A call for a liberal outlook is not to be confused with license to legitimize nay and every point of view – one must guard against fascism and racial and communal ideals on which compromise must be avoided. But even if we cherish certain ideas, and some things are basic to our identity should we simply be debarred from questioning them?  We  may love and cherish our parents and friends, but in case they quarrel with others, would it be wrong to want to hear the other’s point of view? It need not mean condemning our parents or friends. Similarly, we can raise questions about the limits of concepts like secularism and democracy even while not invalidating them. But when we raise those questions, need the language and tone be acrimonious – the language of combat, rude and offensive?

          In an environment of liberal tolerance  there would be freedom of expression for all points of view and room enough for dissent with all opinions, wherher held by fanatics  , intellectuals or the ordinary man in the street. Religious fundamentalism and intellectual fundamentalism are both examples of rigidity which hamper a healthy exchange of views and ideas. Freedom of expression should ordinarily be circumscribed by self-restraint, just as freedom of movement does not allow one to deliberately  step on another’s toes. There are times when good sense requires freedom of expression be checked, even if it goes against the grain of liberal thinking. In a situation where communal elements are waiting for the smallest  provocation to set the country aflame, perhaps artistic criteria and the principle of letting people judge for themselves have sometimes to be set aside. The prevailing cultural and moral ethos do exercise a restrain on freedom of expression, though one may question whether such restraint is justified. However, for freedom of expression to flourish and contribute towards the improvement of human beings and their milieu and society, there is a need not for establishing  “competing truths”- for truth has many equally valid facets – but for  “open –ended and flexible” conversation. And freedom of expression must be exercised with caution, keeping in mind others’ sensitivity, as well as the possibility of vested interests and rabble-rousers taking advantage of the situation. Or the precious freedom may be lost to all of us through misuse and abuse by those very persons and means that are eager to emphasize its importance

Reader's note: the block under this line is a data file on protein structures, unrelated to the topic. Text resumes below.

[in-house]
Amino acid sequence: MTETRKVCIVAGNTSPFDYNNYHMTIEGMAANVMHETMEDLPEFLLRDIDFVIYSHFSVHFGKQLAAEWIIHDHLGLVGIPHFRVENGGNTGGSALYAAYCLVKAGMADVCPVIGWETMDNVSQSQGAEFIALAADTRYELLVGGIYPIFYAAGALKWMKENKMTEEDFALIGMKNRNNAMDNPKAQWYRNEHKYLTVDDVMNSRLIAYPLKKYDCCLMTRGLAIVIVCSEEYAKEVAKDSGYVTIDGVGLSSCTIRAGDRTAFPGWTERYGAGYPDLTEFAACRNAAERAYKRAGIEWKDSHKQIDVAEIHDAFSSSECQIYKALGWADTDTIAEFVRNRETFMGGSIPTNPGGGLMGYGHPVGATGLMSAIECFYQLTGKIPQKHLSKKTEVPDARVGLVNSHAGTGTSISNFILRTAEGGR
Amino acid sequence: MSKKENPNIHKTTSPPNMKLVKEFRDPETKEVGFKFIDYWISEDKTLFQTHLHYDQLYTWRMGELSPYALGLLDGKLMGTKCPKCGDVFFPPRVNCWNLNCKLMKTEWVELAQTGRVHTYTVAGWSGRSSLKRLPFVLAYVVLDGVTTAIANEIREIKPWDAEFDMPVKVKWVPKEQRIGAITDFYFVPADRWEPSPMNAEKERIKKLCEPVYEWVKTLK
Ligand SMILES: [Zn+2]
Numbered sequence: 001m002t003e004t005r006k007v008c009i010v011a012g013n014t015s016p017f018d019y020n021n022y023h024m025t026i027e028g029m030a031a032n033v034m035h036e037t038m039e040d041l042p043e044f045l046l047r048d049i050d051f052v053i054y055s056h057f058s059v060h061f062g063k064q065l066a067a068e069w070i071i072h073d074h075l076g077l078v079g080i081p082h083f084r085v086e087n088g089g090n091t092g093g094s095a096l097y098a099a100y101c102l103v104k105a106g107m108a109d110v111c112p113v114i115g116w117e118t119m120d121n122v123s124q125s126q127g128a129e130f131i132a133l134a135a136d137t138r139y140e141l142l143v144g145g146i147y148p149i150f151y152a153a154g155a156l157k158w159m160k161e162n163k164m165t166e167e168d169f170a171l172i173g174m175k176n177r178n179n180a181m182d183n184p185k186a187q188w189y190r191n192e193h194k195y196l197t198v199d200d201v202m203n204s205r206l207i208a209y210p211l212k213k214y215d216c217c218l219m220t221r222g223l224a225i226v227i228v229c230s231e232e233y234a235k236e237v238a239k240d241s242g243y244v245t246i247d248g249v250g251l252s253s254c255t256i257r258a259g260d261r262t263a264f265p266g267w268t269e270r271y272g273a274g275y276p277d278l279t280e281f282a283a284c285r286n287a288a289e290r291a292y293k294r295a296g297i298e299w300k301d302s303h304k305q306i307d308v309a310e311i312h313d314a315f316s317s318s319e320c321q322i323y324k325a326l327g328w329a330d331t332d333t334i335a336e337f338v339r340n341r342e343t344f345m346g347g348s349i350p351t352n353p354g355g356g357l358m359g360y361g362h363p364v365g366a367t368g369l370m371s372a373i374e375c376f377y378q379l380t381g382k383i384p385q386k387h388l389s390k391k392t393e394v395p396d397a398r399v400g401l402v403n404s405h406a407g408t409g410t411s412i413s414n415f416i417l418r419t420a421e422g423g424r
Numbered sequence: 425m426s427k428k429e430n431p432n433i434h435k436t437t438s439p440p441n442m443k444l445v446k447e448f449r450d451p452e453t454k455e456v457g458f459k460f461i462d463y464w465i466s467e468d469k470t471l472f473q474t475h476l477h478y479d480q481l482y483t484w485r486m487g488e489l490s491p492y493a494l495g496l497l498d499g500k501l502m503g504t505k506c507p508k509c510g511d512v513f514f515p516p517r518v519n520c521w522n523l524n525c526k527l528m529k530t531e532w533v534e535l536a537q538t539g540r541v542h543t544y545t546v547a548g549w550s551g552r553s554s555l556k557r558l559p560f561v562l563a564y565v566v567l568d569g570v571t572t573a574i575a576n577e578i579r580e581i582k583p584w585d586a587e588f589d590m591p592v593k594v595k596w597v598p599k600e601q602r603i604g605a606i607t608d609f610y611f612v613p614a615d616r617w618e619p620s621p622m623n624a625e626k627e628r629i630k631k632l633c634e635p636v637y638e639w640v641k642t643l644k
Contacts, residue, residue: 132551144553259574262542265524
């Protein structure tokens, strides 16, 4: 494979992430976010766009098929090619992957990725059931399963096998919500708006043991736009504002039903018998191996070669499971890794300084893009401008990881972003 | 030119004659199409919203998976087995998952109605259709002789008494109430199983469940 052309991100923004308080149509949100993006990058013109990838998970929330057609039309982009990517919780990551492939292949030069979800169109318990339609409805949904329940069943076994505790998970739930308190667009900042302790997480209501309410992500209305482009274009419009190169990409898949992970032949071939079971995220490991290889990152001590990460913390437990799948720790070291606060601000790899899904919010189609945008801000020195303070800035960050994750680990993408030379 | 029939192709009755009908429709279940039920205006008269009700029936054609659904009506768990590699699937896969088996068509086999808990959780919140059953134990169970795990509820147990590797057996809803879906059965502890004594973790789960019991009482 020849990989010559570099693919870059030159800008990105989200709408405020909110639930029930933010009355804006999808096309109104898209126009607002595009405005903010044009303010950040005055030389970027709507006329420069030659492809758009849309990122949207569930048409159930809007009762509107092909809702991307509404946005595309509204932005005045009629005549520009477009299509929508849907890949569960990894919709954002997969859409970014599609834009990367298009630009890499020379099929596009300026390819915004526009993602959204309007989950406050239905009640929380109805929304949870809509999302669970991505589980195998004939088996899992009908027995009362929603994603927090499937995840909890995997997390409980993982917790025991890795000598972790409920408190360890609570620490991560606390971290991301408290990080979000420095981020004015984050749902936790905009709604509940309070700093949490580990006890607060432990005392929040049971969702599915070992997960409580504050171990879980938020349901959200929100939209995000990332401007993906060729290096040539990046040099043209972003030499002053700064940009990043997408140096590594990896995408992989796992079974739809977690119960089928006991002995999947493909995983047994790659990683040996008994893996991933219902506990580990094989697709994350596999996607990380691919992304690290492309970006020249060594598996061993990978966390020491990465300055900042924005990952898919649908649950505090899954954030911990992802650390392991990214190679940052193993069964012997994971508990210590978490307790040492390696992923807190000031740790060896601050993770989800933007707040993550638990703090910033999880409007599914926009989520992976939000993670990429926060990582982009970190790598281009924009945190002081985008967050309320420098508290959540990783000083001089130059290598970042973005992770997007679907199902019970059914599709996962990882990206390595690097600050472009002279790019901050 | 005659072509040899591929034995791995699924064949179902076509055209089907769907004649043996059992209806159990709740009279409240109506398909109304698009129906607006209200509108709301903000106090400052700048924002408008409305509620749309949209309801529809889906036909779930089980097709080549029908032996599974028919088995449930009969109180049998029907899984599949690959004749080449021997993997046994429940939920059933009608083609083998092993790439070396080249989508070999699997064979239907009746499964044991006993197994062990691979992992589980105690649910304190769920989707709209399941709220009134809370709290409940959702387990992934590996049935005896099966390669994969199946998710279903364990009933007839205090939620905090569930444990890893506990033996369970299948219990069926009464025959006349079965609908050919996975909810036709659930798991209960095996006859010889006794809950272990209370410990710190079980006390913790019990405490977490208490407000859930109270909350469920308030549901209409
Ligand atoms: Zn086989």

The rights and wrongs of free expression are not absolute; what may be right today, or wrong, may not be the same tomorrow. Perspectives change, social values change; free expression of ideas can change is for the better. 

About

The main objective of this website is to provide quality study material to all students (from 1st to 12th class of any board) irrespective of their background as our motto is “Education for Everyone”. It is also a very good platform for teachers who want to share their valuable knowledge.

commentscomments

  1. Aditya says:

    Nice essay.plz provide method to write a standard essay.
    Thank you!

Leave a Reply

Your email address will not be published.